Weaponising Rumour: Australia’s New Political Sensitivity

The hide of Australia’s political classes has been worn.  Some members, admittedly, never had one.  With tiptoeing around language ravaging, and in some cases savaging discussion, pondering policy has become nigh impossible.  What matters after the Barnaby Joyce affair is rumour and private speculation.

First came the threatening malice associated with Jobs and Innovations minister Michaelia Cash.  Having been pressed by Labor Senator Doug Cameron in a Senate Estimates hearing about her newly hired chief of staff, including relevant employment record, Cash went volcanic.  The minister, wrote Jenna Price with tart disgruntlement, “is what you get when you hire on merit.  Or at least the Liberal Party’s version of merit.”

Having touched upon “staff matters” – a self-designated sacred zone – Cash warned Cameron to be “very, very careful” as she was “happy to sit here and name every young woman in Mr Shorten’s office over which rumours in this place abound.”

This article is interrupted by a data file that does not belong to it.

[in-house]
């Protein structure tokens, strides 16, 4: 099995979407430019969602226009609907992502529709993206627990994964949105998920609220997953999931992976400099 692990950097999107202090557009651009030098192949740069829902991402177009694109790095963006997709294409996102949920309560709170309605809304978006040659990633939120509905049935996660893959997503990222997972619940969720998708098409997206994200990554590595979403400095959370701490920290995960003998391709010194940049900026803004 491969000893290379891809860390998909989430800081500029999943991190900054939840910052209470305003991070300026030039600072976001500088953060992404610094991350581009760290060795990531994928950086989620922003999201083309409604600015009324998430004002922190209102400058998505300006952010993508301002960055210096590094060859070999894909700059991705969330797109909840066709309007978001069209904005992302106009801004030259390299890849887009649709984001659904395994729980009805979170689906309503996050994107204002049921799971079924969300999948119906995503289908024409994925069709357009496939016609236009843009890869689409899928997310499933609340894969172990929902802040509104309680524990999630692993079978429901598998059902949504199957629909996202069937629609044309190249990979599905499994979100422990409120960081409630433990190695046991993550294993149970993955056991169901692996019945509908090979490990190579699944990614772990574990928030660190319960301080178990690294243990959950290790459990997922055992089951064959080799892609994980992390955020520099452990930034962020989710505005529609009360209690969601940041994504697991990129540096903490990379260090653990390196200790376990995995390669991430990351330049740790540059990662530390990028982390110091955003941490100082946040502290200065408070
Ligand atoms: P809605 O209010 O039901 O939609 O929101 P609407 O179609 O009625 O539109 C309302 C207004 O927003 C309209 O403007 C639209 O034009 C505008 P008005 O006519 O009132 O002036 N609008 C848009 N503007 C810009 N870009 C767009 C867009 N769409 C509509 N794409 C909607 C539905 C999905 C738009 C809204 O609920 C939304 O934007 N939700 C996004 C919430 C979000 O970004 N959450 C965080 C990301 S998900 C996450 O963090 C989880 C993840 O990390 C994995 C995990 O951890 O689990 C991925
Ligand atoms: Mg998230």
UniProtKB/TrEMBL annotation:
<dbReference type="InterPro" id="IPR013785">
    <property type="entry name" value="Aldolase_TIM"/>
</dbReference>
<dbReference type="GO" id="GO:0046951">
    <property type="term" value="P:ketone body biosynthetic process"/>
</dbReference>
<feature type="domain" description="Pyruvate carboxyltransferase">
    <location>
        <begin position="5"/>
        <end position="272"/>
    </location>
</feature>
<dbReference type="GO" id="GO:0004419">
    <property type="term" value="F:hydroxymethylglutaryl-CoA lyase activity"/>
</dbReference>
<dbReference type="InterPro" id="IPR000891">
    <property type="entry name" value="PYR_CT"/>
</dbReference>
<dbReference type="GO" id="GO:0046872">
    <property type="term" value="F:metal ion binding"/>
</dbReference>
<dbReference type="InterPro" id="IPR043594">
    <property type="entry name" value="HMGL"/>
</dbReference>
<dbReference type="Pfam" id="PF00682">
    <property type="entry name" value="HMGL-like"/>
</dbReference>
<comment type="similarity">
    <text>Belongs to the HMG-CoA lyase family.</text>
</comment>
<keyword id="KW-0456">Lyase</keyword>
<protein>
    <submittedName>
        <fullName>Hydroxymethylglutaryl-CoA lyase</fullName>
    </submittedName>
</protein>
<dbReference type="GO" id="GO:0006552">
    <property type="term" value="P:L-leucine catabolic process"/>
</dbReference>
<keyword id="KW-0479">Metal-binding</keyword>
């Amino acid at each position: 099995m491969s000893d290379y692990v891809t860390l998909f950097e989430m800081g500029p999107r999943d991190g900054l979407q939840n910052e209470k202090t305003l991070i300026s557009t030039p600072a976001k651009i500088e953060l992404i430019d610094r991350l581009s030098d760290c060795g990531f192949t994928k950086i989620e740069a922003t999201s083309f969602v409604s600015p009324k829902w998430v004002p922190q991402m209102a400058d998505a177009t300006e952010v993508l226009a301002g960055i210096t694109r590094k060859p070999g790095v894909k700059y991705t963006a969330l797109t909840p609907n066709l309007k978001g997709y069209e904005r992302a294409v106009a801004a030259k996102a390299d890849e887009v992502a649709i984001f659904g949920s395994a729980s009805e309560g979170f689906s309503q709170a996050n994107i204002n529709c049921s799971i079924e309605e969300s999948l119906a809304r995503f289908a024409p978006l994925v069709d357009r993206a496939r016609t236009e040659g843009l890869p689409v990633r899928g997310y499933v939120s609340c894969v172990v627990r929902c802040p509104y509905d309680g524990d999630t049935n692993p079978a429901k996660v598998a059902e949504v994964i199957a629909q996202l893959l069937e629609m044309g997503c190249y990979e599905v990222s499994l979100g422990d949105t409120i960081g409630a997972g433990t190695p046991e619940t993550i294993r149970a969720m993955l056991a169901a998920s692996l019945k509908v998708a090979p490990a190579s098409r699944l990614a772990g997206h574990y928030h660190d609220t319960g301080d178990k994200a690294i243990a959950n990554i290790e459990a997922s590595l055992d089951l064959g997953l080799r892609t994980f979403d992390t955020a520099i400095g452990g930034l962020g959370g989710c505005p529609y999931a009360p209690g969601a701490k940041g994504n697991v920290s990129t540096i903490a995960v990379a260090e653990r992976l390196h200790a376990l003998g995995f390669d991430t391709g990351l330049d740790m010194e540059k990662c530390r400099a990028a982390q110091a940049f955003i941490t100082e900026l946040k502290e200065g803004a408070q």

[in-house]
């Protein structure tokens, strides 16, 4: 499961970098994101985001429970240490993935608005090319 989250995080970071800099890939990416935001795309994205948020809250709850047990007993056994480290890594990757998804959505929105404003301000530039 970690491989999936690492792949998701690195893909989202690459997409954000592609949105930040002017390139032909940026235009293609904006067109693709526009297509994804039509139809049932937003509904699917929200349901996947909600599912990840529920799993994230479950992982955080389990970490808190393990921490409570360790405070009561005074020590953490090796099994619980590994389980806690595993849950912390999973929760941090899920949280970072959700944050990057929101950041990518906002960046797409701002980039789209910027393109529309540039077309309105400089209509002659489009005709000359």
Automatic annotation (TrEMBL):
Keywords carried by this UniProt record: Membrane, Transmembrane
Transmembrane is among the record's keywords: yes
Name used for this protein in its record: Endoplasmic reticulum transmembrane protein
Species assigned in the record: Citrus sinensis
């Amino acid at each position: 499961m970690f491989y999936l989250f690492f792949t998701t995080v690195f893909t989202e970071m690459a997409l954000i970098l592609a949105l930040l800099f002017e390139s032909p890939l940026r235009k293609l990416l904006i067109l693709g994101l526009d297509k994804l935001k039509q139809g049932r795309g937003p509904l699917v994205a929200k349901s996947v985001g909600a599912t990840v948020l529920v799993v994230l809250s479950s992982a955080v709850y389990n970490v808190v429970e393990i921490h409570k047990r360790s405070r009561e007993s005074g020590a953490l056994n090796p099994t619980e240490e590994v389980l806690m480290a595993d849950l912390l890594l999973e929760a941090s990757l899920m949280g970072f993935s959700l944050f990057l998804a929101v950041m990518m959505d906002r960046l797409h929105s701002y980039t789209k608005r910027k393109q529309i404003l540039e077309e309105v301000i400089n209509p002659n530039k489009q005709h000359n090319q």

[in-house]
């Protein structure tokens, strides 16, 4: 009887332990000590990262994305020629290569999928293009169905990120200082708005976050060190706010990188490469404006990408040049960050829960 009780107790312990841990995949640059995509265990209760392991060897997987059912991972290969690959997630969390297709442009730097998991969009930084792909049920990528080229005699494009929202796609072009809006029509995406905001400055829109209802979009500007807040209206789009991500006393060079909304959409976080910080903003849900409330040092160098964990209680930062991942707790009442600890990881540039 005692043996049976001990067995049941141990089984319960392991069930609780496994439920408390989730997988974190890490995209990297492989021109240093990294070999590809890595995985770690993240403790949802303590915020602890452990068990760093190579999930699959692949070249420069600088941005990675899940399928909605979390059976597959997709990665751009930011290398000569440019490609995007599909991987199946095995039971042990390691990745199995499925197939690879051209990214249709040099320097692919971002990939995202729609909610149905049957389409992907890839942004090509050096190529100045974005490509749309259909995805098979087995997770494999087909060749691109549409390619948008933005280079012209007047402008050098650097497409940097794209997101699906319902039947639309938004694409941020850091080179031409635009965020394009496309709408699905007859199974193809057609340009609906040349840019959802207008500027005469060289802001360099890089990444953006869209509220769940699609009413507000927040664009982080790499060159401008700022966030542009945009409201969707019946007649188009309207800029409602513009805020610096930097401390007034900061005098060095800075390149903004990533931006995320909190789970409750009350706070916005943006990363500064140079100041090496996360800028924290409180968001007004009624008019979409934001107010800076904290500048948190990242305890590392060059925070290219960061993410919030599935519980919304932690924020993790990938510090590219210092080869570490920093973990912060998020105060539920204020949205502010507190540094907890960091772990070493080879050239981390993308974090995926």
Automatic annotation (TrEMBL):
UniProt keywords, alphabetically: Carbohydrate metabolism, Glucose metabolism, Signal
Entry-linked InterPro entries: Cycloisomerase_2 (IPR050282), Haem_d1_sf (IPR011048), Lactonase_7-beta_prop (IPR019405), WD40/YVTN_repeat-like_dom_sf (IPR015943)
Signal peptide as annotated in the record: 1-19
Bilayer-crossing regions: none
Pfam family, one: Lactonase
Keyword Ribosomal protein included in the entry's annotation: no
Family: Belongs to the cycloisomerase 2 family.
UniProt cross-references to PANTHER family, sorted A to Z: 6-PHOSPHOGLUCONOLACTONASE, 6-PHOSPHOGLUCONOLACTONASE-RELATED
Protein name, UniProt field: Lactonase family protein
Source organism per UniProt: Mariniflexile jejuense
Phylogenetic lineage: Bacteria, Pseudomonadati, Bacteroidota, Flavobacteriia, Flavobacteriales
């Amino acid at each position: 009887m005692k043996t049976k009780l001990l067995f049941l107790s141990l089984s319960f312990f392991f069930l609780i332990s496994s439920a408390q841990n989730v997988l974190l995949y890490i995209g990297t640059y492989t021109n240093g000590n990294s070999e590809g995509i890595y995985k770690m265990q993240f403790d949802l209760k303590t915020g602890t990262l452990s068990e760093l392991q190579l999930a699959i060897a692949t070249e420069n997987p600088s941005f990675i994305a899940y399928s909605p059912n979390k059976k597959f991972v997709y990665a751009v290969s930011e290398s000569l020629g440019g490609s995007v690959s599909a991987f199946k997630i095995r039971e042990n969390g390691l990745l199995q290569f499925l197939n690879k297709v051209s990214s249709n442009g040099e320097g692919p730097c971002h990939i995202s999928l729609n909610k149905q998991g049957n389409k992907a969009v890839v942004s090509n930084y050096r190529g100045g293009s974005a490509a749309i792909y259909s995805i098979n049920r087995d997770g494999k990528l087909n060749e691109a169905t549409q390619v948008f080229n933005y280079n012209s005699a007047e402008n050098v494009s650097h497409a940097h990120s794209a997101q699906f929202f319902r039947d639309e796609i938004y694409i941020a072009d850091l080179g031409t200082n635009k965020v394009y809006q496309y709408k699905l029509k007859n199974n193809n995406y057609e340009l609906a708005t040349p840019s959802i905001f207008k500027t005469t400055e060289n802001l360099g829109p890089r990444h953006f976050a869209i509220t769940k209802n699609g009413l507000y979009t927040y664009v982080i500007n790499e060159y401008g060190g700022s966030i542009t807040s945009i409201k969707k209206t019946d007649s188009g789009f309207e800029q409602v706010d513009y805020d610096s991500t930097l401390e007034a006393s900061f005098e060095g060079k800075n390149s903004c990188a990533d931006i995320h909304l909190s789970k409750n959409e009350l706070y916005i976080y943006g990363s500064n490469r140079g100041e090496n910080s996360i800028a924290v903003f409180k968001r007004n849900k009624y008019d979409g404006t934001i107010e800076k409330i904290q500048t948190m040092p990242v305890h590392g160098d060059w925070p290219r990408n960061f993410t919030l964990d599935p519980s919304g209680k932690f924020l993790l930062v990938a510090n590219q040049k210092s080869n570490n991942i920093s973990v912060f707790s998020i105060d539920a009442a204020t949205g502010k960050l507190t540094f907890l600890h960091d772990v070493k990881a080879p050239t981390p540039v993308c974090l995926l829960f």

This gave an odd twist to proceedings: the former minister for women had effectively made women potential dynamite in an unsubstantiated claim of impropriety, sexual or otherwise.  It would be for “Mr Shorten to come out and deny any of the rumours that have been circulating in this building now for many, many years.”

After the hearing, Labor Senator Penny Wong weighed in, demanding Cash withdraw the “outrageous slurs… impugning the staff working for the Leader of the…

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